Posted in Body Politics, Commentary, Memory Lane, Politics

Because policy is more important than people

Yesterday I was telling my chiropractor the story of the year my Catholic school decided that, contrary to years of sexist tradition where the boys wore uniforms of green corduroys and lighter green Oxford shirts and the girls wore green and brown plaid jumpers over white shirts year round, the bitterly cold Upper Michigan winter weather seemed to suggest that some allowance for girls to wear pants (in the winter only; come spring…which in the UP arrives somewhere around the 4th of July…it was back to jumpers alone) was in order. If you got a pair of green corduroys, you could dispense with the jumper and just wear your white shirt and pants, and a green sweater if you had one.

My fourth-grade self was just one of many jubilant girls who were tired of shivering in our cable-knight tights. Even as 10-year-olds, we knew the dress code was ridiculously unfair, and impractical. However, my personal celebration of this common-sense advance ended abruptly when I found out that there was a specific kind of green corduroys that would allow me to partake of this policy change, purchasable at a specific store, and only those green corduroys would be allowed.

But this wasn’t mentioned up front, or if it was, I missed it and it wasn’t in the letter that went home to my folks. So when my mother, frugal out of necessity, picked up a pair of secondhand green cords for me, and I wore them to school the next day, I had no expectation that there was going to be a problem. Green cords are green cords, right?

Evidently not. I was informed that I was out of uniform, because I didn’t have the approved green cords; my green cords were unacceptable, and I would be allowed to wear them only if I still wore my plaid jumper on top. Which, of course, was mortifying, because I was in 4th grade, and the first stirrings of that invisible adolescent audience were catching up with all of us, and who wears a dress AND pants at the same time? Losers, that’s who. (Nevermind that, fast-forwarding 30 years, I wear dresses tunic-style with jeans on the regular in the winter.) But I did it, because I lived in Escanaba, Michigan, and winter was, in a word, harsh. Nonetheless, I was hyperaware of my goofy outfit and self-conscious the entire time.  It was probably the first time in my life, too, that I was aware of money issues in my family.  Probably not something a 10-year-old needs to be aware of if it can be helped; I had no problem with the pants until the school did.

I never understood, then or looking back, why this was so damn important. The point of a uniform is the order imposed by taking fashion originality out of the equation, but, at least nowadays, it’s also to somewhat erase obvious, visible financial differences between kids, in the hopes of removing one of the sources of youthful angst by way of competition/comparison/shame, in the name of greater focus on the academic agenda. I’m at a loss as to how my ultradiscounted green cords threatened disruption to the educational mission since, color-, fabric-, and function-wise, they were indistinguishable from the more expensive approved pants. Who would’ve taken a bunch of people who took vows of poverty and humility for label snobs? But they were, and the powers that be at Holy Name decided that they needed to call attention, attention that could only be negative, to girls (plural; I wasn’t the only one) who couldn’t afford those pants by making them wear their inexpensive pants with their jumpers, instead of just letting it be. Strict adherence to arbitrary rules was far more important than letting a girl just be warm without hassle or comment.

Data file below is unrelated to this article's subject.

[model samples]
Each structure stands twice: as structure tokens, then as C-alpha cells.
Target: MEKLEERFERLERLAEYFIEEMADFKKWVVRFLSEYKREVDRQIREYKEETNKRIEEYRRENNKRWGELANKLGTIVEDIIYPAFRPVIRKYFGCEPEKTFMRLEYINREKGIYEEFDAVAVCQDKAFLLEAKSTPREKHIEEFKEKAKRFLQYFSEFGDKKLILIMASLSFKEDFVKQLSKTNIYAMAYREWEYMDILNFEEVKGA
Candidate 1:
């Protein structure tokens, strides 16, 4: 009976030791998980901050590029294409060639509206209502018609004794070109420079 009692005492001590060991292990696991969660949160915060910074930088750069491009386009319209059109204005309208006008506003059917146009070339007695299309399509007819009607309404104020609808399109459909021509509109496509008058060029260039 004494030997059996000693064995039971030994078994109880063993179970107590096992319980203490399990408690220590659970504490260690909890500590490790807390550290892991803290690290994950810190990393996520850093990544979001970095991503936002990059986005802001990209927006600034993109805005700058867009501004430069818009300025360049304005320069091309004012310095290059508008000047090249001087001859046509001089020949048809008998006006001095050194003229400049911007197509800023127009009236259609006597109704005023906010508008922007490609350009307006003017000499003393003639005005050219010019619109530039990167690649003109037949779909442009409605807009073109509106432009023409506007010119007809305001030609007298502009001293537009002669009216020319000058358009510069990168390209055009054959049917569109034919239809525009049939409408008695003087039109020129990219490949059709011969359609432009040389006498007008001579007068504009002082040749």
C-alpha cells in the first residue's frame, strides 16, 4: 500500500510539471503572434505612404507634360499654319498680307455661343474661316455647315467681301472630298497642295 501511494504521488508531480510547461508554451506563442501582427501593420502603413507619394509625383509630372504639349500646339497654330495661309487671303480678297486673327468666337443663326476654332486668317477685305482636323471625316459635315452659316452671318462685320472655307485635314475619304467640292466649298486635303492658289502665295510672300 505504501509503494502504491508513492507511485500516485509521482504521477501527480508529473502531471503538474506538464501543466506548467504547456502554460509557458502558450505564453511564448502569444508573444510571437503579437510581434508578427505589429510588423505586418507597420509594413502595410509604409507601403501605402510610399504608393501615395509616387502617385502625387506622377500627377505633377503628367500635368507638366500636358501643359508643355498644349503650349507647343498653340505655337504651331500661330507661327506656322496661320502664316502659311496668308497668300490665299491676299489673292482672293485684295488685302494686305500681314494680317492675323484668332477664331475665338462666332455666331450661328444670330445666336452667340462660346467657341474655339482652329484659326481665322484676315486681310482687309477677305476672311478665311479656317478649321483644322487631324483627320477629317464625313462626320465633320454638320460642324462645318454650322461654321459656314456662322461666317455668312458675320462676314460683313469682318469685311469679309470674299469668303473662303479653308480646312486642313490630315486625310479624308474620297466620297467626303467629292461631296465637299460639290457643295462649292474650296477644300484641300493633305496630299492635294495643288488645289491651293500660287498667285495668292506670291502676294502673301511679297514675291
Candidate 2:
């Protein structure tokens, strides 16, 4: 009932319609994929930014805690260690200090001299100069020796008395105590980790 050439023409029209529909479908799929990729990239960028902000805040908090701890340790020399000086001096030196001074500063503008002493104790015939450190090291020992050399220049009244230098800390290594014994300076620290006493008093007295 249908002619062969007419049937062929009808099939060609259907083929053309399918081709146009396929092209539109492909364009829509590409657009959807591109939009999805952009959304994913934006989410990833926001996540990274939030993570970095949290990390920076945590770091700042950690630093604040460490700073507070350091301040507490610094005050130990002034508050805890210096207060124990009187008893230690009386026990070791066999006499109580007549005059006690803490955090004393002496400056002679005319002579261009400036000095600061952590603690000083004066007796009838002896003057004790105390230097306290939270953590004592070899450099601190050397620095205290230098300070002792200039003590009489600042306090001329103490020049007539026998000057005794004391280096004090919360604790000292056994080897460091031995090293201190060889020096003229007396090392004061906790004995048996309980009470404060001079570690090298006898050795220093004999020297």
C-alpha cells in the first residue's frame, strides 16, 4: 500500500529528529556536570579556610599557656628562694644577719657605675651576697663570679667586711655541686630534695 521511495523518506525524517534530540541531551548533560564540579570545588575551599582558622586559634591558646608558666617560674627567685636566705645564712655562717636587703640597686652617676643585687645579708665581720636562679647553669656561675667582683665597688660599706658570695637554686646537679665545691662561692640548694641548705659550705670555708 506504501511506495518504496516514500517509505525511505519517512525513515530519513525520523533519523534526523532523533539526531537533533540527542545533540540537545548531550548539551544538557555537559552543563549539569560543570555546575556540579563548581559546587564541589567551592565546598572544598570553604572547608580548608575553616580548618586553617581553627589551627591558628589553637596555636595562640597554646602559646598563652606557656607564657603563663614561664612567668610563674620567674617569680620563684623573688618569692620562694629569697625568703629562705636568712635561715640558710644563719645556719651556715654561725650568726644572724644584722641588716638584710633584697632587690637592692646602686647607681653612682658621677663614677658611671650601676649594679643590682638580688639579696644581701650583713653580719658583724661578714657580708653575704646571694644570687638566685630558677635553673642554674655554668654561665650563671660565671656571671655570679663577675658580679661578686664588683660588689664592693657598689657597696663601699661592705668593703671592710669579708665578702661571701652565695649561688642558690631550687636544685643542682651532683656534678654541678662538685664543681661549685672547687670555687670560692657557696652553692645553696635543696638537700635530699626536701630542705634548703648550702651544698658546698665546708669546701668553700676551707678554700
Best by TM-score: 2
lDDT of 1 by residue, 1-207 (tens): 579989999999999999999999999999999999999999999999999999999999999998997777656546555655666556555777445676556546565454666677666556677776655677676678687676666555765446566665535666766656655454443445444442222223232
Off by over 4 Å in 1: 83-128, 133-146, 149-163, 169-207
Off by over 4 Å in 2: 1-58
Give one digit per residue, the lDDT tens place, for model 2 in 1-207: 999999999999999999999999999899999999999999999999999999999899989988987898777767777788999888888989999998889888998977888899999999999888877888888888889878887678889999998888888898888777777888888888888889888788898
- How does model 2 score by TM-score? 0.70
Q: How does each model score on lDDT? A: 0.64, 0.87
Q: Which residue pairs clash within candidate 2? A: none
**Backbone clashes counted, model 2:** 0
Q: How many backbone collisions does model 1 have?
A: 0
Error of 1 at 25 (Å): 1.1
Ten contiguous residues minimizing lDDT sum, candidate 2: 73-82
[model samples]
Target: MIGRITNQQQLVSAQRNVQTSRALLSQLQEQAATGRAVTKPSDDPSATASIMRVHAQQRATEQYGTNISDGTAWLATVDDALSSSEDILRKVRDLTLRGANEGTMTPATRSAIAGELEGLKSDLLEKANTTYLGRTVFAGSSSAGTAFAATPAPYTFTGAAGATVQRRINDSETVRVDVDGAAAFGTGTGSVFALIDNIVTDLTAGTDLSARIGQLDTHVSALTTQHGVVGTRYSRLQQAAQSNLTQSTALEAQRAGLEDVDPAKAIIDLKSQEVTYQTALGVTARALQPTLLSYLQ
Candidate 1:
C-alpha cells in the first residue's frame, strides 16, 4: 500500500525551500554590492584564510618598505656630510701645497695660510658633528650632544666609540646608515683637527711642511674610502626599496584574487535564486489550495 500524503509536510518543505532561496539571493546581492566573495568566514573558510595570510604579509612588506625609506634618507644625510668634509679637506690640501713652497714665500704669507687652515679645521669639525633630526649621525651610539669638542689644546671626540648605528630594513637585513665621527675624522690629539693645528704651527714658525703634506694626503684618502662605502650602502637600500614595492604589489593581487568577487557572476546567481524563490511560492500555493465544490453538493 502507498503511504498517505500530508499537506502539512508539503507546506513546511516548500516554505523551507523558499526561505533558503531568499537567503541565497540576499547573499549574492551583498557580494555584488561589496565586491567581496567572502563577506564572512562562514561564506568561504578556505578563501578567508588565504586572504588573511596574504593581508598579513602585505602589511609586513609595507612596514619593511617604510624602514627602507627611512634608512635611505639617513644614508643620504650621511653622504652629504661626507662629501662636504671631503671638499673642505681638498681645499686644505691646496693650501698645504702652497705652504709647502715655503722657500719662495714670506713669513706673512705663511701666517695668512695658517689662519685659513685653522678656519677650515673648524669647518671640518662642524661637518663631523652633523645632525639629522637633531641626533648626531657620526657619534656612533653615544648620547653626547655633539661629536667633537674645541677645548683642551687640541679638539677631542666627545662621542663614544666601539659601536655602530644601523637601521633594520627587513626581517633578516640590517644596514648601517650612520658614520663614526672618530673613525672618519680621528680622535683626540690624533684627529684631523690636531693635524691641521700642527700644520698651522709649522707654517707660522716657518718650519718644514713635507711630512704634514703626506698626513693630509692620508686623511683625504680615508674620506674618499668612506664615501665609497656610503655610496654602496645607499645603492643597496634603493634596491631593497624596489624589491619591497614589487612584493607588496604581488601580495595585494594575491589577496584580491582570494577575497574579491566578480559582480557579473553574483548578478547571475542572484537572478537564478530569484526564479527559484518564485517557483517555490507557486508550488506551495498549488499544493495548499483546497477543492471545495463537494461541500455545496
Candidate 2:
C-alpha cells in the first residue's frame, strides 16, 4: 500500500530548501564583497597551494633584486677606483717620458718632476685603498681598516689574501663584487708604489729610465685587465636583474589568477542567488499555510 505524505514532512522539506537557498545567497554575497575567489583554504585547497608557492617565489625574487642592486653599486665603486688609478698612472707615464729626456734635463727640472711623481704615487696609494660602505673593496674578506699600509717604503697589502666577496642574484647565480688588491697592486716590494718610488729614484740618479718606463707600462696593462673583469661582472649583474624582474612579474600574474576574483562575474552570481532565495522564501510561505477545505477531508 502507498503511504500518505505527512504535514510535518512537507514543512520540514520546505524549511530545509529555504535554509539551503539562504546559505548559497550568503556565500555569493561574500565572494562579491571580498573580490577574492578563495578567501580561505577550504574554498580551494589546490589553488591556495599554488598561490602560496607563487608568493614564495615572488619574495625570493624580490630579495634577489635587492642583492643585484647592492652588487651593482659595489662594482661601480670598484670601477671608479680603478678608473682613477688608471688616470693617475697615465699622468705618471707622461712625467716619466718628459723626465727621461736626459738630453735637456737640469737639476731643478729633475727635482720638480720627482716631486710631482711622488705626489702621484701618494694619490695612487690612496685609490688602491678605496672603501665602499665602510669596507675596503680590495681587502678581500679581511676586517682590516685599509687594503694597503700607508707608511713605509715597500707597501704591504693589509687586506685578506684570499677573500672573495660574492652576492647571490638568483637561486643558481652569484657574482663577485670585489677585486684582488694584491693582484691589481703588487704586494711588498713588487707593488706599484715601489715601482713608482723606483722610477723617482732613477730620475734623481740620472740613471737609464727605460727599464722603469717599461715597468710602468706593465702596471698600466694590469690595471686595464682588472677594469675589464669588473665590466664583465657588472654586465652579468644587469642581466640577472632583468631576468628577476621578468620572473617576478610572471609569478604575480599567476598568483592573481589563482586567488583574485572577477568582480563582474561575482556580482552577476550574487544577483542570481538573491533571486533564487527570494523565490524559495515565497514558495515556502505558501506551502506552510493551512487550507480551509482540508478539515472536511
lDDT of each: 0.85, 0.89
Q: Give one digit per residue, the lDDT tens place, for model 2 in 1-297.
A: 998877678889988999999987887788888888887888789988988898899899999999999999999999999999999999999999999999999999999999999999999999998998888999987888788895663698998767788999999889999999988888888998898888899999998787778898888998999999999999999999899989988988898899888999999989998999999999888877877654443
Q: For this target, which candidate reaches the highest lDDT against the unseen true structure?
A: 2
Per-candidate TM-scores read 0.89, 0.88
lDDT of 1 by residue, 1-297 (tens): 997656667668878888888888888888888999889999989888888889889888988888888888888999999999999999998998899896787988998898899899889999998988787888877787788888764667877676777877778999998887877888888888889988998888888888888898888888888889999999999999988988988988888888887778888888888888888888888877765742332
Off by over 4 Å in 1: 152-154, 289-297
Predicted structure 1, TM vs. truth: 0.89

This week a 7-year-old girl was sent home from her school in Tulsa because the powers that be at her school decided her hair didn’t look “presentable.” Whatever the hell that means, but given a school “hair code” (seriously?) that lists “Hairstyles such as dreadlocks, afros, mohawks and other faddish styles” as unacceptable, there was a racial element involved, because the code explicitly prohibits two styles that are primarily worn by African-Americans, styles that are traditional and not at all “faddish.” Banning an afro for many African-American children is telling them, in as many words, that the hair that grows out of their head naturally is unacceptable. Which is nothing short of fucked up.

In any case, I really don’t think it’s the place of school staff to determine appropriate hair for students, and I say this as a former teacher myself. That’s a fight for their parents, if they’ve got nothing better to do than have that argument with their children. A kid’s mohawk, dreadlocks, or blue hair has nothing to do with my efforts to educate that child. As a student, other kids’ hair wasn’t distracting to me. I knew one girl who had really interesting dyed hair in the 9th grade, and when I thought about it at all, I was merely impressed by her bravery; somehow I managed to get an eduction despite her presence. If hair is distracting in the classroom, greater focus on the part of the student, and better effort on the part of teachers to have kids engaged in learning activities is what is called for, not the shaming and ejection from school of a little girl who probably left the house that morning thinking she looked cute, and left school that afternoon crying.